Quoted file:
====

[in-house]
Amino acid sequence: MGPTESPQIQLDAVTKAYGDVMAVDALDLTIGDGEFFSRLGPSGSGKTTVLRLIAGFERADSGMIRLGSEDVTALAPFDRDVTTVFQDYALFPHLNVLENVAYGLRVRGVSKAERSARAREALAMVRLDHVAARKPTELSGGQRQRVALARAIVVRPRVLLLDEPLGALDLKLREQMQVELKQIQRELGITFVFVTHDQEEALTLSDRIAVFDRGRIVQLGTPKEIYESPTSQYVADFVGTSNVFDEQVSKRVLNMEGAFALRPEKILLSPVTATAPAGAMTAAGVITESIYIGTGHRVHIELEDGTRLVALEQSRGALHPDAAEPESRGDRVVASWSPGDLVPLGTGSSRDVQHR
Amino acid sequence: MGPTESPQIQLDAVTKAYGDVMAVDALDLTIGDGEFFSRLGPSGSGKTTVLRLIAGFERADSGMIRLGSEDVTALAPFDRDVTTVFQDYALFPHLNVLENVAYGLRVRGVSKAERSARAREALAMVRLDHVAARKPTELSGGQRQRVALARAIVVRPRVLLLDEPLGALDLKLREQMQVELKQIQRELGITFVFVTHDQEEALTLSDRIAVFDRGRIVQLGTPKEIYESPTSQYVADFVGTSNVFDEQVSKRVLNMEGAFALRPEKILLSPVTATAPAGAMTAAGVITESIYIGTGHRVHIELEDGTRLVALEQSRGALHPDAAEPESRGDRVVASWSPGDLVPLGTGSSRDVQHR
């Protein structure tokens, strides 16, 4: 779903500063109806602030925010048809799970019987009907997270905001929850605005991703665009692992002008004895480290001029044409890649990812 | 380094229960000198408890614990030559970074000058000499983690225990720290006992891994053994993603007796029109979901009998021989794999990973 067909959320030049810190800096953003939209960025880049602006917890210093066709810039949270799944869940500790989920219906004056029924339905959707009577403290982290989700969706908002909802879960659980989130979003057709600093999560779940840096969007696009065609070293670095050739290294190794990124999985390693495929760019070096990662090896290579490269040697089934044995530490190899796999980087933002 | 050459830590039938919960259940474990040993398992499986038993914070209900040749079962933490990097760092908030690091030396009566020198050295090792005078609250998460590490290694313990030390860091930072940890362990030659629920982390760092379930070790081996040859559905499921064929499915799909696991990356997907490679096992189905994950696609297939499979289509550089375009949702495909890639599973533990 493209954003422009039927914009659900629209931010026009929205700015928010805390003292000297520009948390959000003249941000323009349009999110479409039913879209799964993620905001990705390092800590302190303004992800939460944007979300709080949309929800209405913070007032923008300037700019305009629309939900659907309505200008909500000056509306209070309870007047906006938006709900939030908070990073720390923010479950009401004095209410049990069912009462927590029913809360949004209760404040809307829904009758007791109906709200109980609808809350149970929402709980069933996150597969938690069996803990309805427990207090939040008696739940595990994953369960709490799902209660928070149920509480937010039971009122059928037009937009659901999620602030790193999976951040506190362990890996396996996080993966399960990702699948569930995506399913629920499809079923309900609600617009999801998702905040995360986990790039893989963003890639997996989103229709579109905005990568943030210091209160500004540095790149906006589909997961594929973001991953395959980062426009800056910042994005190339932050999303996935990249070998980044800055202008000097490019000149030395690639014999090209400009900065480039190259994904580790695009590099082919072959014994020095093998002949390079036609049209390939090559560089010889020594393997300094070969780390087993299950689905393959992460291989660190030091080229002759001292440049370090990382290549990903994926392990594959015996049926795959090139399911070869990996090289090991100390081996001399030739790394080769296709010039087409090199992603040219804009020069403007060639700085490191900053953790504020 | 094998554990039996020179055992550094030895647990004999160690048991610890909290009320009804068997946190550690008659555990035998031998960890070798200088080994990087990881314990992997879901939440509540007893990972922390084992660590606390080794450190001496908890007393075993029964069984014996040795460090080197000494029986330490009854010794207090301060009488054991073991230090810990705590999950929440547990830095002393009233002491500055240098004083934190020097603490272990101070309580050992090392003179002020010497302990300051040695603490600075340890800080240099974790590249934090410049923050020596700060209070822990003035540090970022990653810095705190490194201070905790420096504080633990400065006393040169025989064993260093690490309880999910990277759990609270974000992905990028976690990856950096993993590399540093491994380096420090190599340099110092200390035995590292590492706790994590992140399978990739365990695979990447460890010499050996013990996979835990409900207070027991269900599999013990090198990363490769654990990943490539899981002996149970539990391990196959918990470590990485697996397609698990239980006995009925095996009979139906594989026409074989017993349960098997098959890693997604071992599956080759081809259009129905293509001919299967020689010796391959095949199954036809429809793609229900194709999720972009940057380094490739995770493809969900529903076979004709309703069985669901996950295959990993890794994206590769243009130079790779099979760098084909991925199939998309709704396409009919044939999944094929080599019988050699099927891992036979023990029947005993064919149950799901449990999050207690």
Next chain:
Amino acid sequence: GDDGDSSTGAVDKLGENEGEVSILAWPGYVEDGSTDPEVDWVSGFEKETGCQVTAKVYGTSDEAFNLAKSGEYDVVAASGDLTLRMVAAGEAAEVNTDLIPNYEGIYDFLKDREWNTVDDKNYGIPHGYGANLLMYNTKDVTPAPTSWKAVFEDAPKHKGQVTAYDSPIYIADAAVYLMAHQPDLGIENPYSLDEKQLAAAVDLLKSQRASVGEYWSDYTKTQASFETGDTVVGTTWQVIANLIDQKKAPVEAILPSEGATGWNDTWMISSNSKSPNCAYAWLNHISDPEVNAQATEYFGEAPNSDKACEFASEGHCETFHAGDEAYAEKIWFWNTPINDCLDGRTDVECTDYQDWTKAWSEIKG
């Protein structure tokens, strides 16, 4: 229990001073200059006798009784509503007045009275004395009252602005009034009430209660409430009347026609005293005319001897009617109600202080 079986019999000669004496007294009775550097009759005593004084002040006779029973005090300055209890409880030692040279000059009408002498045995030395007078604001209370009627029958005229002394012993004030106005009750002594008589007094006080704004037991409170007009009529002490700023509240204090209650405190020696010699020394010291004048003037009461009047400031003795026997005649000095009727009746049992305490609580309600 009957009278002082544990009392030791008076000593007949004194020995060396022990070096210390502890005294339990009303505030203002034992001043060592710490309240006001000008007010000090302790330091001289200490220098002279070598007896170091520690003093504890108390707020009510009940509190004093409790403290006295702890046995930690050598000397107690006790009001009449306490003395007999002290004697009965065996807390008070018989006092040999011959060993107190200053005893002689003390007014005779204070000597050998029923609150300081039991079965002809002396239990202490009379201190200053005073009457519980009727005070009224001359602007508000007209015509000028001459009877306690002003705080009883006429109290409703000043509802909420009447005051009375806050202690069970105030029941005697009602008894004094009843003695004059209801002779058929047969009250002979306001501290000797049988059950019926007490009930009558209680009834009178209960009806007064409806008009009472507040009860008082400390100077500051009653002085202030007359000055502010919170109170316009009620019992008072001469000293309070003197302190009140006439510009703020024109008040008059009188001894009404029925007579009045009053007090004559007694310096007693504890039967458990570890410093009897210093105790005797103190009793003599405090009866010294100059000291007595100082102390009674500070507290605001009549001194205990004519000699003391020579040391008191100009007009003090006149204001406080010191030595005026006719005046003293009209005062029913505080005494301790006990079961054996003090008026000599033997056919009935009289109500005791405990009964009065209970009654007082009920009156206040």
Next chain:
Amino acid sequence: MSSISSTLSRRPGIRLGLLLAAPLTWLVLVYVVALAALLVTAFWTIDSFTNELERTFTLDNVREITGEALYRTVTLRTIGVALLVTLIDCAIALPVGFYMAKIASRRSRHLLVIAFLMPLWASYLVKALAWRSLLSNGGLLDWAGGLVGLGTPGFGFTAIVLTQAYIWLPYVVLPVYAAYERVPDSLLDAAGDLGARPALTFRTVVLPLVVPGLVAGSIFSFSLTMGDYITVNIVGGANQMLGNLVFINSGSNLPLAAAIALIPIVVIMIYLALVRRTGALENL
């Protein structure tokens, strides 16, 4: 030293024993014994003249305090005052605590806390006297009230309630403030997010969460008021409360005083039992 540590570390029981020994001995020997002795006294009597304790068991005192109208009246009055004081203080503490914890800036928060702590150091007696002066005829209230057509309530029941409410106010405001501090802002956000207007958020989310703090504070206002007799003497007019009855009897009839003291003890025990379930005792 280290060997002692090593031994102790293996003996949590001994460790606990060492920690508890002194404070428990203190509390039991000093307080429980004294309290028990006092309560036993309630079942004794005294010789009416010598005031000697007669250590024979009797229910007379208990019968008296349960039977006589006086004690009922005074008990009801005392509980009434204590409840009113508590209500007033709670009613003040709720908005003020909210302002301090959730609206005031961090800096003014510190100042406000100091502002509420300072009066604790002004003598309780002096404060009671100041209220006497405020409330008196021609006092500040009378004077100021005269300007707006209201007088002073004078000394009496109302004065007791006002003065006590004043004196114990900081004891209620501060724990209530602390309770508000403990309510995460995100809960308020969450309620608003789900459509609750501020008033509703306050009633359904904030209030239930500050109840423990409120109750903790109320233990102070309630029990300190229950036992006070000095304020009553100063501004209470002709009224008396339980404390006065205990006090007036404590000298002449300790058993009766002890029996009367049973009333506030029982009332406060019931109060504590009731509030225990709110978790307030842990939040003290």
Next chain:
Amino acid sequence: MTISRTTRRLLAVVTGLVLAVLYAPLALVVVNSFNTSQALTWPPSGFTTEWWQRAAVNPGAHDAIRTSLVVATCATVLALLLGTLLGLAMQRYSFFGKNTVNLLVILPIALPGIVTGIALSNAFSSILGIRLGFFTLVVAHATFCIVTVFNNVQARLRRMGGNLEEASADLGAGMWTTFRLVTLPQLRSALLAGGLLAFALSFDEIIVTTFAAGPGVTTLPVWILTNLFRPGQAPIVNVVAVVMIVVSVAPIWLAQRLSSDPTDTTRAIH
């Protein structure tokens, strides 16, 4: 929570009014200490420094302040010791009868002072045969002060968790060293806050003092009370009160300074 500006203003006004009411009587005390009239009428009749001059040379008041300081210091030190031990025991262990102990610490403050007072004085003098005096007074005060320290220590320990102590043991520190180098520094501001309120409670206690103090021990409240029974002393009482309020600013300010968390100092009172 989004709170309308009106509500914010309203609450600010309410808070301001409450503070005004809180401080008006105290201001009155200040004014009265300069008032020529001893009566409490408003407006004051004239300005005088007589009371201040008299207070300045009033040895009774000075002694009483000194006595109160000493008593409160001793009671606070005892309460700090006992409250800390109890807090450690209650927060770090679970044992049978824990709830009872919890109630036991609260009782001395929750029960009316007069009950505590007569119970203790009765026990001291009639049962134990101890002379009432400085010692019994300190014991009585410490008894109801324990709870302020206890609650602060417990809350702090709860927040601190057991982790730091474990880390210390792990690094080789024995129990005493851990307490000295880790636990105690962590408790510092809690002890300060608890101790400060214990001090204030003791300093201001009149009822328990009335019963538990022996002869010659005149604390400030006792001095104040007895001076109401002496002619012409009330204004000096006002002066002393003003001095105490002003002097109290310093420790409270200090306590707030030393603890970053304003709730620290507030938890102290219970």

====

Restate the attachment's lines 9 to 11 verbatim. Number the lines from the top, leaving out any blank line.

Amino acid sequence: MSSISSTLSRRPGIRLGLLLAAPLTWLVLVYVVALAALLVTAFWTIDSFTNELERTFTLDNVREITGEALYRTVTLRTIGVALLVTLIDCAIALPVGFYMAKIASRRSRHLLVIAFLMPLWASYLVKALAWRSLLSNGGLLDWAGGLVGLGTPGFGFTAIVLTQAYIWLPYVVLPVYAAYERVPDSLLDAAGDLGARPALTFRTVVLPLVVPGLVAGSIFSFSLTMGDYITVNIVGGANQMLGNLVFINSGSNLPLAAAIALIPIVVIMIYLALVRRTGALENL
């Protein structure tokens, strides 16, 4: 030293024993014994003249305090005052605590806390006297009230309630403030997010969460008021409360005083039992 540590570390029981020994001995020997002795006294009597304790068991005192109208009246009055004081203080503490914890800036928060702590150091007696002066005829209230057509309530029941409410106010405001501090802002956000207007958020989310703090504070206002007799003497007019009855009897009839003291003890025990379930005792 280290060997002692090593031994102790293996003996949590001994460790606990060492920690508890002194404070428990203190509390039991000093307080429980004294309290028990006092309560036993309630079942004794005294010789009416010598005031000697007669250590024979009797229910007379208990019968008296349960039977006589006086004690009922005074008990009801005392509980009434204590409840009113508590209500007033709670009613003040709720908005003020909210302002301090959730609206005031961090800096003014510190100042406000100091502002509420300072009066604790002004003598309780002096404060009671100041209220006497405020409330008196021609006092500040009378004077100021005269300007707006209201007088002073004078000394009496109302004065007791006002003065006590004043004196114990900081004891209620501060724990209530602390309770508000403990309510995460995100809960308020969450309620608003789900459509609750501020008033509703306050009633359904904030209030239930500050109840423990409120109750903790109320233990102070309630029990300190229950036992006070000095304020009553100063501004209470002709009224008396339980404390006065205990006090007036404590000298002449300790058993009766002890029996009367049973009333506030029982009332406060019931109060504590009731509030225990709110978790307030842990939040003290």
Next chain: